As the basic rights of migrant workers in Thailand's seafood industry remain unprotected, the country should remain on the Tier 2 watchlist in this year's Trafficking in Persons (TIP) report by the United States' Department of State, a seminar was told.
The remark was made by Roisai Wongsuban of Freedom Fund. She shared the findings from a research called "Seafood Working Group Findings on Taiwan and Thailand for the 2022 Trafficking in Persons Report" conducted by the Global Labor Justice-International Labor Rights Forum (GLJ-ILRF) and the Seafood Working Group (SWG).
Thailand was downgraded to a Tier 2 nation last year.
Ms Roisai said while the government did roll out several measures to protect labourers' welfare during the Covid-19 pandemic, foreign workers were also subject to a number of discriminatory measures -- for example, sealing off workers' residential camps to curb the spread of the virus.
"These workers weren't able to file a formal complaint online, because such channels are only available in the Thai language," she said.
She added that they were not eligible to receive the aid and subsidies the government rolled out throughout the pandemic, despite being registered members of Thailand's social security system.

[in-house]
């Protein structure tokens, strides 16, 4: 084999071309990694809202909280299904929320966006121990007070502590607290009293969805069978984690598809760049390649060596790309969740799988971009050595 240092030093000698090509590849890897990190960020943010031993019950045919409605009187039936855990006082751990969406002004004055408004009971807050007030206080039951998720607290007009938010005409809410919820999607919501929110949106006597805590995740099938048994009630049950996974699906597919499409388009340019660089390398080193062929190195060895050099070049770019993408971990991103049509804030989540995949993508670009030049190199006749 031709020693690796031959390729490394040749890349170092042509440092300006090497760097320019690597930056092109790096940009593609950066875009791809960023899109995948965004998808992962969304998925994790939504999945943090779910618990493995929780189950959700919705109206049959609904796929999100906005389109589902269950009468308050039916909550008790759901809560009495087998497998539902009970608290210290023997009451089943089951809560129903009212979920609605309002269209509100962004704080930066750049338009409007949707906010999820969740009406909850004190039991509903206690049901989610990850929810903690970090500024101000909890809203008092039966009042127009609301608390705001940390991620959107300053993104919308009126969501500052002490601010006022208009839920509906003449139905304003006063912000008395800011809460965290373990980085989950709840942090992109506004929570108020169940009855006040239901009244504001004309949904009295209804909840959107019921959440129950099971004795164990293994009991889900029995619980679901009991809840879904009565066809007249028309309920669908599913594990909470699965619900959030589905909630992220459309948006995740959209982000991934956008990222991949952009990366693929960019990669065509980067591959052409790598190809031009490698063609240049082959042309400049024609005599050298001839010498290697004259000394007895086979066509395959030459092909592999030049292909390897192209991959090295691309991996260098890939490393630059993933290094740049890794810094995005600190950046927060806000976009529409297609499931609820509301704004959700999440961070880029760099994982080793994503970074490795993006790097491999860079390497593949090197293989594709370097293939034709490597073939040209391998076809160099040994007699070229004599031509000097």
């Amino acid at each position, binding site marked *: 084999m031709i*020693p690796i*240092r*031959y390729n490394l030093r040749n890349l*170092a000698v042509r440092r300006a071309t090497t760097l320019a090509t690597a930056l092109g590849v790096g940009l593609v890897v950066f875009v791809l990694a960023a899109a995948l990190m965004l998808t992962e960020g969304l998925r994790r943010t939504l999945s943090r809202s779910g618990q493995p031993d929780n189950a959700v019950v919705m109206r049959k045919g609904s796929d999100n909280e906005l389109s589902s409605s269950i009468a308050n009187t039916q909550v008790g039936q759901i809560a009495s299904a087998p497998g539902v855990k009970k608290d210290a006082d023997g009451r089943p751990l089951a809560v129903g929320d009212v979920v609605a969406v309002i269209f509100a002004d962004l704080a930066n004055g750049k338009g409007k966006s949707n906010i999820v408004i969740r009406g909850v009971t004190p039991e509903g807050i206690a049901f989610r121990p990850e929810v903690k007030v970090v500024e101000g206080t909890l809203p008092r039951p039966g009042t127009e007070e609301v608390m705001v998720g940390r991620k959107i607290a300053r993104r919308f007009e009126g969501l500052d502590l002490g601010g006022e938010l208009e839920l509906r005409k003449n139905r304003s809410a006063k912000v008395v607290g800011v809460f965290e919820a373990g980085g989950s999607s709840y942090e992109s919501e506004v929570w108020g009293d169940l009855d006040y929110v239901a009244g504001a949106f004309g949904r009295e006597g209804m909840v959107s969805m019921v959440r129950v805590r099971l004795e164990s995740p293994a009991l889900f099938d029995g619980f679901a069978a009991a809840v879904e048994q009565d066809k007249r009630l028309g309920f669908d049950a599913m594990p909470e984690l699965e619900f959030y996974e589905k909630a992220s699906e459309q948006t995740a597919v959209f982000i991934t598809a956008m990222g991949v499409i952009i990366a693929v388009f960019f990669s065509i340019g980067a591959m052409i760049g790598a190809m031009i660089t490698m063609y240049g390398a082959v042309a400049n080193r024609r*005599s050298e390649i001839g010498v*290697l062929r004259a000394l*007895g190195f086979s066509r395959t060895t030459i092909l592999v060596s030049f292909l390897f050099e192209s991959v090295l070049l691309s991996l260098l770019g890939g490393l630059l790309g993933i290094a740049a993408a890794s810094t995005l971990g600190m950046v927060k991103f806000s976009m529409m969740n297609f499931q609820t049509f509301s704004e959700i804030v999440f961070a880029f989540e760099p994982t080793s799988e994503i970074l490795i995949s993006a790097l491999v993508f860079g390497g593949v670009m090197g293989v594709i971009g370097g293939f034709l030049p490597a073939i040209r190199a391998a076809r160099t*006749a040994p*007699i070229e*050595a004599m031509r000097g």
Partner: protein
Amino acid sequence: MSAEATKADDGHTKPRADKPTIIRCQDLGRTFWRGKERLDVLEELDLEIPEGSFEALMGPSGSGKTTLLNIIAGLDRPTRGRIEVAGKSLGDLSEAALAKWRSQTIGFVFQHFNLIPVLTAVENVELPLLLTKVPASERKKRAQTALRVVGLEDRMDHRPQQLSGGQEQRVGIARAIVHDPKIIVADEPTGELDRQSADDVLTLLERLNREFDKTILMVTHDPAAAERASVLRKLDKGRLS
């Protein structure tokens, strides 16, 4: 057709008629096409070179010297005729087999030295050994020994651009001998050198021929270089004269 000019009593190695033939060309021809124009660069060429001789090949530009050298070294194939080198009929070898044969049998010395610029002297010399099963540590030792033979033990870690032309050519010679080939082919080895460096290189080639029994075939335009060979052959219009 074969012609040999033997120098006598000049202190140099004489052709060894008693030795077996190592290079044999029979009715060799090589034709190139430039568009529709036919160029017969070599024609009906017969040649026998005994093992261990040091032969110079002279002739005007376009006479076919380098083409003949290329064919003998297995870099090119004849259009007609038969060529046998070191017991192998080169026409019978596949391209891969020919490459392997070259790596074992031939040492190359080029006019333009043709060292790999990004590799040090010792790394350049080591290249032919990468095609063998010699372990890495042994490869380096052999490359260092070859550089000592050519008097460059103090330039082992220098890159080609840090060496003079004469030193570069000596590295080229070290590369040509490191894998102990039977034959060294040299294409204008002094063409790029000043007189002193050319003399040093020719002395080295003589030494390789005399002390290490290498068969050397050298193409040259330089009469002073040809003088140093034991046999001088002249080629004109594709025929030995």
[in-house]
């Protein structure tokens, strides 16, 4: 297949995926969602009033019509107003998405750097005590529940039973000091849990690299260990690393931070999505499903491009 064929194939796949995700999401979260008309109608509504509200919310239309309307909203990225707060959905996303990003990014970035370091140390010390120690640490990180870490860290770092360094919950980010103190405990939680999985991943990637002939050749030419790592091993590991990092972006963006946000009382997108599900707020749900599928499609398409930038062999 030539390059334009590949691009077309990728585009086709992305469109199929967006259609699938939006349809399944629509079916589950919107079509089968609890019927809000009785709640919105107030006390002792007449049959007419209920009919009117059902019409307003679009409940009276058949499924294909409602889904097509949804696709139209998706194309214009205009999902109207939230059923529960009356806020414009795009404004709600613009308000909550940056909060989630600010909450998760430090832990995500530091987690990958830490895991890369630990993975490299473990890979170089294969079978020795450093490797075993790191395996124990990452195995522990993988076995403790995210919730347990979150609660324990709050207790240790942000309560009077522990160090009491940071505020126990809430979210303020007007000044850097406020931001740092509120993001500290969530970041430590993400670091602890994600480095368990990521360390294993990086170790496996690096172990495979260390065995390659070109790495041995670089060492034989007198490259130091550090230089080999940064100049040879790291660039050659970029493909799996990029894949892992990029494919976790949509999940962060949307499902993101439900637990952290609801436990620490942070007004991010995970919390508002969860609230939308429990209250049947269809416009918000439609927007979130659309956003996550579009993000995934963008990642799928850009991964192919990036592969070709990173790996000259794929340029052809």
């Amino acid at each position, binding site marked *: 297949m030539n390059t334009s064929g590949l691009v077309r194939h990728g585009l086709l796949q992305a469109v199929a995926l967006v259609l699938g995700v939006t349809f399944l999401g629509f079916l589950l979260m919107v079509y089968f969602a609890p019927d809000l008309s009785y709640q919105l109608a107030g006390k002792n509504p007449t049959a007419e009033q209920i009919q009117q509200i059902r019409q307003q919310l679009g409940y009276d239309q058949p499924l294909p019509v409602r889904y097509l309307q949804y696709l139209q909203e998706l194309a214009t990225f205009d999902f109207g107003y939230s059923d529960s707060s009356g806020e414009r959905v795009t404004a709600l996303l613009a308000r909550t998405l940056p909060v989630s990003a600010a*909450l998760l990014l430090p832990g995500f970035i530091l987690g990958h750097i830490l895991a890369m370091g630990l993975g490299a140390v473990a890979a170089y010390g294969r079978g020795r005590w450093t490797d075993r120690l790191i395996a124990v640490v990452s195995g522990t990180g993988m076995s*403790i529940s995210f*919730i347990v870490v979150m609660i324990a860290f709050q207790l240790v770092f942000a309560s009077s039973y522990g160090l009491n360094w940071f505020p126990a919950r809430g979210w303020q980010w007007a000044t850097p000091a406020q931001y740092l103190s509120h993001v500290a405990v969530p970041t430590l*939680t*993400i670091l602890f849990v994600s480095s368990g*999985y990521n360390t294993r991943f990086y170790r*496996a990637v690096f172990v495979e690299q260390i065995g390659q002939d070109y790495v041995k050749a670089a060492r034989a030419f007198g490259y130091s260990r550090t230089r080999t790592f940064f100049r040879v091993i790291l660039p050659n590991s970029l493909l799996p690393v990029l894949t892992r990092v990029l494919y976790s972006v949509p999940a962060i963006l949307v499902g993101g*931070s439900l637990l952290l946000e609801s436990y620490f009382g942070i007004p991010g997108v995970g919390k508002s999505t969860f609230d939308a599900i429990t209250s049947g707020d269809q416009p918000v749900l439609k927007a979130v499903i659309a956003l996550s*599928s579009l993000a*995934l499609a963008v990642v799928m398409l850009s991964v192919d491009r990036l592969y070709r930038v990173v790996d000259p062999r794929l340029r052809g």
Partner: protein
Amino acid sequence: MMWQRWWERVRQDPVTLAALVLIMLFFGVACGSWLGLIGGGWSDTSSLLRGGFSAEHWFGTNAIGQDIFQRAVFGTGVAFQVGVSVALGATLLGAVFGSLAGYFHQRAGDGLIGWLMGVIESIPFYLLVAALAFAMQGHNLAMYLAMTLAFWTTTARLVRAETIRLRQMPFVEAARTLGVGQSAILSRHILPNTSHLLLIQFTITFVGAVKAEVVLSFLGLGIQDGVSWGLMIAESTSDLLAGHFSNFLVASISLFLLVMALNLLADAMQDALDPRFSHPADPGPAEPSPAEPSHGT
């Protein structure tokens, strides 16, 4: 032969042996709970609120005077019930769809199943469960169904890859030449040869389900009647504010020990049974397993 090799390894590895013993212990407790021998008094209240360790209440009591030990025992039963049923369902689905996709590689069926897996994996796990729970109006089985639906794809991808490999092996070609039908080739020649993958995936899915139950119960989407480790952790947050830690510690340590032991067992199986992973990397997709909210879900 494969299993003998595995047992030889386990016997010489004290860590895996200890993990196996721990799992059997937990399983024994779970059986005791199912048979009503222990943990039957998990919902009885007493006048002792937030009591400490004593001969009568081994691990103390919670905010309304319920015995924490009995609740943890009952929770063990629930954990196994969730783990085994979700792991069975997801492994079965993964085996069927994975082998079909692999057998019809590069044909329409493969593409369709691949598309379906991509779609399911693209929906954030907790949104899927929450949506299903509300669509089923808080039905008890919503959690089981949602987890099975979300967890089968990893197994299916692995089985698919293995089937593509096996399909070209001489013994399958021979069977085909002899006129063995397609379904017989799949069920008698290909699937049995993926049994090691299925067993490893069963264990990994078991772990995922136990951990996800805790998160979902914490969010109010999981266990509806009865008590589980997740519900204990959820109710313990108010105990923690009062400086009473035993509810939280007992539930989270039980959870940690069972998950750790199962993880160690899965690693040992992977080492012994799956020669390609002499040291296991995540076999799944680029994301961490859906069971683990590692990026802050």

Many foreign migrants in Thailand should be categorised as forced labourers, in her view, as reports of workers being forced to work to pay off debts -- which often exceed US$1,000 (33,699 baht) -- to job brokers are not uncommon.
"Unfortunately, authorities do not consider workers in such a situation to be forced labourers," Ms Roisai said.
"Officials tend to rely on testimonials from employers. They are not doing enough to investigate and verify [the claims]."
She added that since only Thai workers are allowed to form labour unions, the voices of foreign migrant workers often go unheard, despite their numbers.
Phil Robertson, Human Rights Watch's deputy director for Asia, agreed with Ms Roisai, saying Thailand deserves its place on the Tier 2 watchlist, as the working conditions of foreign migrant workers have yet to improve.
"We continue to see the systematic use of forced labour in Thailand's fishing industry, since the first report we released in 2018," he said.
As Thailand was essentially pressured by the European Union to ratify the International Labour Organisation's (ILO) Work in Fishing Convention and approved provisions banning the use of forced labour in the industry, there is no effective enforcement of such commitments, he said.
As a start, Mr Robertson said, the government should consider slashing document processing fees with the Department of Employment under the Labour Ministry.
Because it often costs six months' pay to get their documents processed, many often opted to seek jobs with illegal brokers instead, he said.
The government should also ensure migrant workers are protected from retaliatory actions from their employers for reporting their grievances.
"We have encountered this across all industries," he said.